The only way to really take on the big guns is to attack from all sides. And that's exactly what Frankly Inc. ( TLK ; FRNKF ) is doing. Frankly a data-hungry content management company that reaches 100 million people and 75% of American households. It's entered the fray with a data solution that could give the biggest Western publishers the tools they need for digital advertising independence--with a ton of upside to boot.
Frankly offers broadcasters, media companies and publishers a platform for managing and monetizing all of their content and collecting targeted data from each of their users. Right now, it is the only company of its kind out there, and some very big names – including CNN and Vice – are already customers.
Frankly aims to shift the percentage of digital ad dollars by slipping in through the back door of this lucrative market, through the biggest mainstream publishers. Google doesn't even produce any news, yet it's raking in all the revenues. That's a tough pill for publishers to swallow.
Frankly's answer? To offer publishers all the tools they need not only to create their ad revenue, but also to follow the upside with massive, first-party data collection that, when you add it up, is worth about $175 per person . That's a gold mine for publishers who barely stay afloat while Google gets rich on their content.
Are publishers desperate enough to take on Google? You can bet on it.
That's why Newsweek just signed a deal with Frankly that's designed to help the news major turn the tables. But it's just as big a deal for Frankly because it means that Frankly will be running all the information capture operations on Newsweek and doing all of Newsweek's ad sales. It will grow Newsweek's ad revenue by tens of millions of dollars, which all goes through Frankly in the end.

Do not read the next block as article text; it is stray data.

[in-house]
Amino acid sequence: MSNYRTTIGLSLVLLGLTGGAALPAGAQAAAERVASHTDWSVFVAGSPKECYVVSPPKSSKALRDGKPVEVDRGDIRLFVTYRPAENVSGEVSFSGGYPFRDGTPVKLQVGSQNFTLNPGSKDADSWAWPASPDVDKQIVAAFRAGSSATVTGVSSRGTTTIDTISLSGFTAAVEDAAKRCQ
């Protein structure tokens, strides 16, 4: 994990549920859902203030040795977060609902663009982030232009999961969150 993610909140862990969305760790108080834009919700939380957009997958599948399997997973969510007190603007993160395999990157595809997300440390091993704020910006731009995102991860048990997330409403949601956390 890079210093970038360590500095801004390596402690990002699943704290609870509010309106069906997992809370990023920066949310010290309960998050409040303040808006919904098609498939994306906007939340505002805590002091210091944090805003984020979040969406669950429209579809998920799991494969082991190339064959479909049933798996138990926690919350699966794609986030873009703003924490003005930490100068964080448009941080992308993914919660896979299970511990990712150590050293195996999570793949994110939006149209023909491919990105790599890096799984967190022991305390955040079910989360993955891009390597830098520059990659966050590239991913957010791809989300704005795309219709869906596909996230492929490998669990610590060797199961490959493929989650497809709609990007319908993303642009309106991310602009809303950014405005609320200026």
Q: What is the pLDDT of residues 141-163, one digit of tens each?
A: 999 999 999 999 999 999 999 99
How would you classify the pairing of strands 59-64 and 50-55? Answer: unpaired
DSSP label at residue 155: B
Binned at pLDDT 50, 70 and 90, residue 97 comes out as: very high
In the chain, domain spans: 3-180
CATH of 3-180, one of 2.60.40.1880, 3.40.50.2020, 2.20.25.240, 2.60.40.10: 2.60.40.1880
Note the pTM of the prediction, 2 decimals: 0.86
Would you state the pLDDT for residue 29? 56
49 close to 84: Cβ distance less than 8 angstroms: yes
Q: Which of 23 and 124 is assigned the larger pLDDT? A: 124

For Frankly, this is a $50M, multi-year service agreement with one of the biggest news producers in the world. But it also means first-party data access to Newsweek's 40 million monthly active users.
This is a milestone in the industry because it's the first partnership of its kind--ever-- and it demonstrates the value of leveraging a fully integrated multi-media platform such as Frankly's. Frankly has 100+ million active users across its network, and's just signed a $50-million, multi-year deal with giant Newsweek, which will add 40 million more.
It also recently hooked CNN and VICE in its deal to acquire Vemba's advanced video technology. For a company with a market cap of only $30 million, harnessing the priceless first-party data of 75% of this country, undervaluation isn't much of a stretch of the imagination until the news flow starts to catch up with the first-data bounty, starting with Newsweek.
Beyond data, some companies are building a warchest of assets through calculated acquisitions. Take Verzion /zigman2/quotes/204980236/composite VZ +1.06% , for instance, in 2017, the company acquired Yahoo and AOL in a bid to create a rival ad sales business to Google and Facebook.
Verizon Media (formerly Oath) now houses popular brands such as The Huffington Post, TechCrunch and Yahoo Sports which collectively attract ~210 million monthly users. From a financial viewpoint, the business has not been a resounding success with Verizon declaring a huge $4.6B writedown of its media properties last year–essentially declaring them nearly worthless.
Nevertheless, Verizon Media's value proposition remains intact: more transparency and accountability in advertising. By focusing on high quality, professionally produced content and products, Verizon Media has been trying to avoid the same scrutiny faced by its bigger competitors, who struggle to stem the tide of fake news and violent videos.
With the Association of National Advertisers estimating that fraudulent, bot-driven traffic costs the industry ~$7B every year, Verizon Media will continue having its takers.